Faithful living by seeking the unseen is “forward looking, oriented toward the future, trusting that God will keep promises made to those who believe. In other words, faith and hope are one, and life is pilgrimage.”[vi] Life indeed is a journey and my hope for you this week is to think about where you trust God in looking ahead and think about people in your own life and even people in our church through the years who have lived and served God faithfully, even amidst seeking the unseen and who still do so today.  In listening to a couple stories this last week, I think of John Ellison, our former organist who passed away last week who was faithful and generous with his time and presence.  I think of some of the homebound members that I used to visit with in their retirement home while interning in the Presbyterian Church, seeing them loving God and living faithfully even though they could not see God, just in the same way that Abraham and Sarah lived faithfully amidst not seeing God, all while trusting in God’s promises. 
        The author of Hebrews says it best by saying that “by faith, we understand that the worlds were prepared by the word of God, so that what is seen was made from things that are not visible” (Heb. 11: 3, NRSV).  We don’t see God, but we definitely see signs of where God is active in the world and community, particularly in good deeds that people do and in God’s handiwork around us here in Plumas County, aka “God’s Country.” We also show others what faithful living looks like when we take up good attitudes and show good deeds by living out our own faith in God for others to see and encouraging others in their journey of faith.  So perhaps, we can get past the whole notion of “I’ll believe it when I see it” because although we cannot see God directly, we can certainly see signs and actions by God, even through the people we encounter each day.  That’s how Abraham and Sarah, Isaac, Rebekah, and Enoch were able to live out their lives, as they believed God without seeing God, and continually went seeking the unseen, as faithful living is not a race, but a journey.  As we go into our new week,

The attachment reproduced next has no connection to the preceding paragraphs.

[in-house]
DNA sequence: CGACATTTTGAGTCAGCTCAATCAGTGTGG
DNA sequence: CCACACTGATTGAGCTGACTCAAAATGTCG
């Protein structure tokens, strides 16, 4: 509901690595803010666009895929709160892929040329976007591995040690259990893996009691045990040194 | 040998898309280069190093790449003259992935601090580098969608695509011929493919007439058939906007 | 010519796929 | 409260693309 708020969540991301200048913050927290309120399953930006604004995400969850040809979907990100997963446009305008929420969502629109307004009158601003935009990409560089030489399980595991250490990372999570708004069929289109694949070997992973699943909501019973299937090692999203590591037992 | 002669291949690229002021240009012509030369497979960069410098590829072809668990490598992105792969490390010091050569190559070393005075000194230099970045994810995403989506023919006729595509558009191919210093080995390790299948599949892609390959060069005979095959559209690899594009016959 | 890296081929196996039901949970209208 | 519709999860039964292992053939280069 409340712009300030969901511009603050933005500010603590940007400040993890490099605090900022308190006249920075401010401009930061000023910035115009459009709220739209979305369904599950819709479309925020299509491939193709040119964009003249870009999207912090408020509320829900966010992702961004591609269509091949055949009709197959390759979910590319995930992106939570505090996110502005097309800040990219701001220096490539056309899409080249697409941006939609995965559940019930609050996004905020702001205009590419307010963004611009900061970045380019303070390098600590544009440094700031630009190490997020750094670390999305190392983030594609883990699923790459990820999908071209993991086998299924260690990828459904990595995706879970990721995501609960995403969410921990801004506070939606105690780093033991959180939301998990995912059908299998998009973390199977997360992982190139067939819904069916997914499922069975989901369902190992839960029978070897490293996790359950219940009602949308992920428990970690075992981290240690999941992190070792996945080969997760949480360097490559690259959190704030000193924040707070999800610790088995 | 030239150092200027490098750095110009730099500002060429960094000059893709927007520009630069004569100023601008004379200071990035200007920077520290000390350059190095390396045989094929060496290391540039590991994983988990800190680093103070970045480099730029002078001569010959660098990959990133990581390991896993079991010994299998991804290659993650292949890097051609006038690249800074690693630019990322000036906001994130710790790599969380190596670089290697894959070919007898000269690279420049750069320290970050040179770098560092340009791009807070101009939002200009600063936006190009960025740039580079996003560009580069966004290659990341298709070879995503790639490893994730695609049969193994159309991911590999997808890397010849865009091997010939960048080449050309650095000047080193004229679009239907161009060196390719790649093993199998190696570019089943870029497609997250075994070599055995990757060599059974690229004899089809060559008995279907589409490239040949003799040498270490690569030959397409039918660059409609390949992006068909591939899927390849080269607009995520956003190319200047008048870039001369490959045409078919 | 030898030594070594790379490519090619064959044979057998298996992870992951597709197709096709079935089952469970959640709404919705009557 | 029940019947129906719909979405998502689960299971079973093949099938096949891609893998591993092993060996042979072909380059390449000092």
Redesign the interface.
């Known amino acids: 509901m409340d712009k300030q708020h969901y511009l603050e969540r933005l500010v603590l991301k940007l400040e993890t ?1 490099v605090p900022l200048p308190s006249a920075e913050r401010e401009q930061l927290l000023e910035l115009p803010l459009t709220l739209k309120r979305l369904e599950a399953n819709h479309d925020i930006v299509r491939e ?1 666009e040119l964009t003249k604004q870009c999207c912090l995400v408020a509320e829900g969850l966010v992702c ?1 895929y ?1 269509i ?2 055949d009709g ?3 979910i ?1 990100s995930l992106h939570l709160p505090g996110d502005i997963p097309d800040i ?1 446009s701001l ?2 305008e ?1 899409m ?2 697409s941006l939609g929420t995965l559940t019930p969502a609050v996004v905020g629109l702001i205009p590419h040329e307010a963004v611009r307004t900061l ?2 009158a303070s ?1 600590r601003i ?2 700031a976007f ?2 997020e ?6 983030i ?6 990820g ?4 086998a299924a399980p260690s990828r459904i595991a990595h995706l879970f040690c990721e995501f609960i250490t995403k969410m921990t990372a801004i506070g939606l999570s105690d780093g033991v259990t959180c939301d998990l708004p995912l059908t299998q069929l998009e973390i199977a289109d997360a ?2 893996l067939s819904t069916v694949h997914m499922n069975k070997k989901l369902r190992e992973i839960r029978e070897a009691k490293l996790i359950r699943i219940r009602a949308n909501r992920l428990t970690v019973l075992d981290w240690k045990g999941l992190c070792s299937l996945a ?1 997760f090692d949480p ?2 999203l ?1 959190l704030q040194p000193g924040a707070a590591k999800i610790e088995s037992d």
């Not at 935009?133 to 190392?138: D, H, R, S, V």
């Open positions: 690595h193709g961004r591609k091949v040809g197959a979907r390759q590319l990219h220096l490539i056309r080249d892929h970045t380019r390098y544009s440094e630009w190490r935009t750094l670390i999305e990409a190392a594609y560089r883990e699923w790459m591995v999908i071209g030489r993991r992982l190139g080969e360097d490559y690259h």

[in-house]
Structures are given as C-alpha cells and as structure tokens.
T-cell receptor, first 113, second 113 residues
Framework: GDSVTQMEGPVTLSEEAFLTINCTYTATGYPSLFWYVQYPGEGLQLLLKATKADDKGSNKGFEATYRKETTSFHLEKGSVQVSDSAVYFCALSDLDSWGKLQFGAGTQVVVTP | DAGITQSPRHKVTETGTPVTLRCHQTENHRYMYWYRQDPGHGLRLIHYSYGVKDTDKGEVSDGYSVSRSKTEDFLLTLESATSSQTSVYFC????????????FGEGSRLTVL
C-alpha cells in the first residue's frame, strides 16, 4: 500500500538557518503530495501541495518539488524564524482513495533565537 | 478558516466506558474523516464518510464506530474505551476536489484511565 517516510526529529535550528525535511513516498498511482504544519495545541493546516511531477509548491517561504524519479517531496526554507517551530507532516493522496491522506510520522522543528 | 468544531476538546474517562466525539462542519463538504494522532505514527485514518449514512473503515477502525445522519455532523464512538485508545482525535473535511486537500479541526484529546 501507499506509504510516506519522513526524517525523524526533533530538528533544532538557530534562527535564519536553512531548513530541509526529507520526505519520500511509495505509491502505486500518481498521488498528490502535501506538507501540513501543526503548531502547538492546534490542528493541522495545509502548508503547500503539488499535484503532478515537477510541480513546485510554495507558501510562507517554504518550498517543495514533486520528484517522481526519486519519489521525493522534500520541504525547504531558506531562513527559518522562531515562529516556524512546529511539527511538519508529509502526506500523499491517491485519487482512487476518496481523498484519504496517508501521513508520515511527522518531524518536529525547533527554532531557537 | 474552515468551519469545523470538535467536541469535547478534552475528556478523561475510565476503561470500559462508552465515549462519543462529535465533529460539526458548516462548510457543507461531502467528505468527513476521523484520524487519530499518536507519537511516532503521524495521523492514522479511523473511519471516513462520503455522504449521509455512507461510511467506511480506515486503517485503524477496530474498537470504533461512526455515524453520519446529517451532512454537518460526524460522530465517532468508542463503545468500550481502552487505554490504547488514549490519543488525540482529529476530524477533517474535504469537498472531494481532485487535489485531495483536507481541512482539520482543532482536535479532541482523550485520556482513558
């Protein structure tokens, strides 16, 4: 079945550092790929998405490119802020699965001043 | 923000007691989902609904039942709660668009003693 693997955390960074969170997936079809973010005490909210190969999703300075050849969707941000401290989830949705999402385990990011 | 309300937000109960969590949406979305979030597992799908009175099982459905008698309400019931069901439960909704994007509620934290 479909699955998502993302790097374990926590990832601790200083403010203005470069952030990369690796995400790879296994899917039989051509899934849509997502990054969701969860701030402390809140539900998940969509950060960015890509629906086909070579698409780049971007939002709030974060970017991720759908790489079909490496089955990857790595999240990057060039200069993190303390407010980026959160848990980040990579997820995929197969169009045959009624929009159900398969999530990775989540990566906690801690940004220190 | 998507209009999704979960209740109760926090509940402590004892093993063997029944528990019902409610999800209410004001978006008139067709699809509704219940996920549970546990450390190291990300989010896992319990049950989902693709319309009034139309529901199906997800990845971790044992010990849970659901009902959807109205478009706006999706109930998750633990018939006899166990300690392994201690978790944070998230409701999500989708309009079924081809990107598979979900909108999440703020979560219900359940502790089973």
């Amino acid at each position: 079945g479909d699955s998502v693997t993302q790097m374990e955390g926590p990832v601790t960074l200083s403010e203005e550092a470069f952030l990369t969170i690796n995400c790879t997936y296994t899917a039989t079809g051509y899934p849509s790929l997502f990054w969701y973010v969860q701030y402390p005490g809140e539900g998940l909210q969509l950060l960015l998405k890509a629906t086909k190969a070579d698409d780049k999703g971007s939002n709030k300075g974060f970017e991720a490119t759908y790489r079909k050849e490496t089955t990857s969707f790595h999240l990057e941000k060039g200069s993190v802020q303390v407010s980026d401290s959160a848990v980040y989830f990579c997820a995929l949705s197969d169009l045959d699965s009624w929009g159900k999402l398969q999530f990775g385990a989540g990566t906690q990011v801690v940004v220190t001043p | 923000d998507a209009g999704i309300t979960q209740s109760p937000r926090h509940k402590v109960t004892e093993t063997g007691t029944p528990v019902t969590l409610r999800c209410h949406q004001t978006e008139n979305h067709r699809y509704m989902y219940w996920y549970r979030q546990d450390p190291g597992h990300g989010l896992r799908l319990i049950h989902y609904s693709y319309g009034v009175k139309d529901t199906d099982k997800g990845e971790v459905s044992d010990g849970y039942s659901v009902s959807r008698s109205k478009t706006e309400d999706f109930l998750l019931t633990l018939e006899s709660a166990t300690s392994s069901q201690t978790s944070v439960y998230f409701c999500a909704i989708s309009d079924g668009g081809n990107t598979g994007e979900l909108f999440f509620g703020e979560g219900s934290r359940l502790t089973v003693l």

·         What does faithful living look like, even in the face of adversity?

·         What does it mean to you when we go by faith without seeing what we believe in?
 
·         And where has your faith been challenged, yet you remained steadfast in faith? 

In the name of the Father, Son, and Holy Spirit, Amen. 



[i] New Interpreters Study Bible Notes (Nashville: Abingdon Press, 2003), 2165. 
[ii] Ministries, Discipleship. ‘Lectionary Calendar’. 2016. Accessed August 3, 2016. http://www.umcdiscipleship.org/worship/lectionary-calendar/twelfth-sunday-after-pentecost-year-c-2016.
[iii] Daniel L. Migliorie, Faith Seeking Understanding, 3rd. Ed. (Grand Rapids, MI: William B. Eerdmans Publishing Company, 2014), 2. 
[iv] Ibid., 3. 
[v] Ministries, Discipleship. ‘Lectionary Calendar’. 2016. Accessed August 3, 2016. http://www.umcdiscipleship.org/worship/lectionary-calendar/twelfth-sunday-after-pentecost-year-c-2016.
[vi] “Commentary on Hebrews 11: 8-22” in The New Interpreters Bible Commentary (Nashville: Abingdon Press, 1998), 135.